The Marshall County Sheriff's Office is getting new technology it says will keep deputies safer in situations like hostage negotiations and active shooter scenarios.
They are the first sheriff's office in the state to invest in it.
Here's how the Bounce Imaging Tactical Explorer works. The camera is baseball-sized, so law enforcement officers can easily throw it into an area they want to go or need to see into before entering.
In addition to audio capabilities, the tool has a stabilizing camera.
So, someone on a computer device outside the room has a 360-degree view of what's going on inside.
"SWAT teams if they are clearing a building, they can toss it in, hostage negotiations so if there is someone that is barricaded in, they can toss it in and have video of them and with the two-way audio, be able to communicate with the suspects in there," said Ty St. Clair, sales manager with Bounce Imaging.
"In search and rescue, if there is a collapsed area and it's tight to get into, they can drop the camera down in there and look for survivors or anyone else they may be looking for."
Law enforcement can mount this camera on a stick, allowing them to get into small spaces like an attic or a crawlspace.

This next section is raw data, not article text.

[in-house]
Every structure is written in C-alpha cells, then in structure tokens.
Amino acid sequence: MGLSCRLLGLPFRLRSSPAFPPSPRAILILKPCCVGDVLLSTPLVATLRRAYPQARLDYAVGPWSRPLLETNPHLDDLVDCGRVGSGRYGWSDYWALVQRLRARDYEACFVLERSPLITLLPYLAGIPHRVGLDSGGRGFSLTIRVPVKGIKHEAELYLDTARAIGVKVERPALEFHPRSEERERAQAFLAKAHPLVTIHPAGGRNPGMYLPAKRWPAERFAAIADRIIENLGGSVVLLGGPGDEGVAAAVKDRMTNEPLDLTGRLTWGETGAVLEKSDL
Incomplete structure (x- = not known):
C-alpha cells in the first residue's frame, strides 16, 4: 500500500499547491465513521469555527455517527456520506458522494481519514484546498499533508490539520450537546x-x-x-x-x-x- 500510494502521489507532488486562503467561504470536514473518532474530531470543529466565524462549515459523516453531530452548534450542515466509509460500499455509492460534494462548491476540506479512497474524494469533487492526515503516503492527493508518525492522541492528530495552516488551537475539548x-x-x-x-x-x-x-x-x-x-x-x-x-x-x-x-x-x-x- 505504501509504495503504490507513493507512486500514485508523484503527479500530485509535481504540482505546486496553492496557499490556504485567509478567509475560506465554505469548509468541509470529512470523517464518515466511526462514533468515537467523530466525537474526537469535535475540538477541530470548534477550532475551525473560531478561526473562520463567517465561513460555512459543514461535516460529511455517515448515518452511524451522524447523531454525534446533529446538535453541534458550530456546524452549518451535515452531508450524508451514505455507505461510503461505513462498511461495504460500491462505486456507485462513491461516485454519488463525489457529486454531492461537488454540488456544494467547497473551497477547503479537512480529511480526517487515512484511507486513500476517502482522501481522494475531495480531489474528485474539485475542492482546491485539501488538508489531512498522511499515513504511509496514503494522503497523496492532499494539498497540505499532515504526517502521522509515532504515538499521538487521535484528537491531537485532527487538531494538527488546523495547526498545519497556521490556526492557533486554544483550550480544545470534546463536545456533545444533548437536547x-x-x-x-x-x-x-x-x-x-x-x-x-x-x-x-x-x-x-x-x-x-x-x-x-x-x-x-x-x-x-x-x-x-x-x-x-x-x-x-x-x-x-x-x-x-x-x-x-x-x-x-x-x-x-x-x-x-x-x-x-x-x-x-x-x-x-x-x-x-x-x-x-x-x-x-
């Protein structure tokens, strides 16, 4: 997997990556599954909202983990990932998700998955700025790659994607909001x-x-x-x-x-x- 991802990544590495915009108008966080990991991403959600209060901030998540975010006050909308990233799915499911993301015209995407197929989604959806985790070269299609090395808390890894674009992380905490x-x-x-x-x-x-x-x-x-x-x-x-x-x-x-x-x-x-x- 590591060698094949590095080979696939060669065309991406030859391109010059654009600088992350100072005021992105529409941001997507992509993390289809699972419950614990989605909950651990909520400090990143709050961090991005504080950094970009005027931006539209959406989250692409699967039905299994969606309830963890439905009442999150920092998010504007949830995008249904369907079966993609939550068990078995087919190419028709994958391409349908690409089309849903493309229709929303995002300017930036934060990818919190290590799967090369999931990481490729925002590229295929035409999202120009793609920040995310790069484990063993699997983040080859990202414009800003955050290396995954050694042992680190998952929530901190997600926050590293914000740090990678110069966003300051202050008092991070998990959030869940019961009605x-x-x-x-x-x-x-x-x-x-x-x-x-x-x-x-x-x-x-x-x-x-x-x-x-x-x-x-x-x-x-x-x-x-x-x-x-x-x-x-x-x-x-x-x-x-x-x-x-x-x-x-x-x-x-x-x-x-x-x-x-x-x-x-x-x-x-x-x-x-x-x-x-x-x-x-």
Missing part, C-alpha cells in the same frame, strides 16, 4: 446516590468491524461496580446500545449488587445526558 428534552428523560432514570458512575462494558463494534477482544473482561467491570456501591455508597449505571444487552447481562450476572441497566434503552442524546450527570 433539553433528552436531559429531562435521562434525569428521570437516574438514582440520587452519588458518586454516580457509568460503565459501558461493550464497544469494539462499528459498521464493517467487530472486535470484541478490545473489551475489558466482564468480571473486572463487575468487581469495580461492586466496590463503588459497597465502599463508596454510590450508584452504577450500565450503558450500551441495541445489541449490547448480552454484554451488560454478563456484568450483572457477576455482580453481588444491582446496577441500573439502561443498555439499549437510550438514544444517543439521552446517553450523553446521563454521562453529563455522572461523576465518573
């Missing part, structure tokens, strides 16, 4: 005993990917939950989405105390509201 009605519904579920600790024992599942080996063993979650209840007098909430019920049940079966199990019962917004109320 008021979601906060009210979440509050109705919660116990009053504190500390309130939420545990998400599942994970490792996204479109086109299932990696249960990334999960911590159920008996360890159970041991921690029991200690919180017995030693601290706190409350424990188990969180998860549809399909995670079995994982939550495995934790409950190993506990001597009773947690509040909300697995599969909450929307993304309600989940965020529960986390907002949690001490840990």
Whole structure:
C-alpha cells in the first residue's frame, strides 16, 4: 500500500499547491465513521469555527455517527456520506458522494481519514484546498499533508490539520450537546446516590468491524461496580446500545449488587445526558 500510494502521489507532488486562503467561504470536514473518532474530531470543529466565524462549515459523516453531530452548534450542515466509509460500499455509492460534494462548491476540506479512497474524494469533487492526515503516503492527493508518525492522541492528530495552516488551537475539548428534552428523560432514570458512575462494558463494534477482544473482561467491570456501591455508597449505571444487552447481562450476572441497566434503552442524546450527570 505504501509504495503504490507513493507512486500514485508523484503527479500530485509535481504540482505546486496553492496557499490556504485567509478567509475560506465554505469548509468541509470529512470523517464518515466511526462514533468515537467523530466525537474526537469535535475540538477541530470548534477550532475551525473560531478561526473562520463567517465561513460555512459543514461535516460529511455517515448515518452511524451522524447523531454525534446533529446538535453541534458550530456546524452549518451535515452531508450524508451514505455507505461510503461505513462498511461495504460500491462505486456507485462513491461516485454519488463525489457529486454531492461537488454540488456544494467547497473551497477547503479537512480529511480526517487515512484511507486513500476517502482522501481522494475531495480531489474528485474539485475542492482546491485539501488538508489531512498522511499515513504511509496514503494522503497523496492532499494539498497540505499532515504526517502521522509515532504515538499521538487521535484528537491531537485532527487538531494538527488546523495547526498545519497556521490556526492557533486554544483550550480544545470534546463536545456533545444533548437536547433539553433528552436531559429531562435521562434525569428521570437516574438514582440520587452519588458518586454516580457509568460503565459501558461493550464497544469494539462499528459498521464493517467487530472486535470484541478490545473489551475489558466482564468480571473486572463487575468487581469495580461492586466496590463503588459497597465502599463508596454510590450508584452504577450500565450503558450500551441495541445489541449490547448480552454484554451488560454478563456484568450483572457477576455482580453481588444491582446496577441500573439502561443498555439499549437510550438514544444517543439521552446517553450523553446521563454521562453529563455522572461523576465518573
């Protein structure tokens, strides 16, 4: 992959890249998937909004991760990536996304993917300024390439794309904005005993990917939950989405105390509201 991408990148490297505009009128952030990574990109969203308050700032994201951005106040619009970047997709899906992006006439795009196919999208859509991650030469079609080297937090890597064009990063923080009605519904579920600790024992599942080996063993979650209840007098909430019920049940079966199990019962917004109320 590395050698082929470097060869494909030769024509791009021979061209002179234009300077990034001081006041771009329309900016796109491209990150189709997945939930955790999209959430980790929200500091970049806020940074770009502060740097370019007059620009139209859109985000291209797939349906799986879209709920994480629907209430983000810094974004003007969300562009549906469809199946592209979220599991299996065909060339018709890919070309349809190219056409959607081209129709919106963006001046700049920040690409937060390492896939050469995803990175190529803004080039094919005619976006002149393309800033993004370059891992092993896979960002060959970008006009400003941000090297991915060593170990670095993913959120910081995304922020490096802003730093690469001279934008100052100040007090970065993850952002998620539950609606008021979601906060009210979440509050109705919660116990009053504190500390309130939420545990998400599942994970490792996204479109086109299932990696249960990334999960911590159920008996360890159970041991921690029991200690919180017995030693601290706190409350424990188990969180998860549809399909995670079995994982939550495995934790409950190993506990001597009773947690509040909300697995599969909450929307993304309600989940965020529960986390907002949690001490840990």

"Traditionally it would be a different kind of equipment, or you would have to poke your head in the attic, which opens the officer up to possibly being injured or shot," said Marshall County Sheriff Phil Sims.
It also helps streamline communication during active scenes. The sheriff says that will save precious minutes in those situations.
"In a tactical situation, we have throw phones. Throw phones are usually deployed to talk with a perpetrator or whoever in a closed room or closed setting. They go through windows or through doorways. Sometimes it takes a lot of time to set those up because you have phone cords attached to them, they are lengthy and so forth. With this, you take it out of the box, turn it on, deploy it. So it does save a lot of time," said Sims.
It can also be used in the event of an active shooter situation at a school.
"As a team enters, they can put a magnet on this, stick it on a locker and then they've got rear security. With motion detection enabled on the device, they will be alerted if there is anyone moving back behind them," Sims said.
Sims says not only will the new technology save lives, but it will also save money.
"To me this technology is going to replace about three or four other pieces of equipment that we traditionally use independent of each other. This one piece of equipment will replace those, at a fraction of the cost," he said.
The department will get two of these new cameras in about two weeks. The cameras were paid for through a technology grant.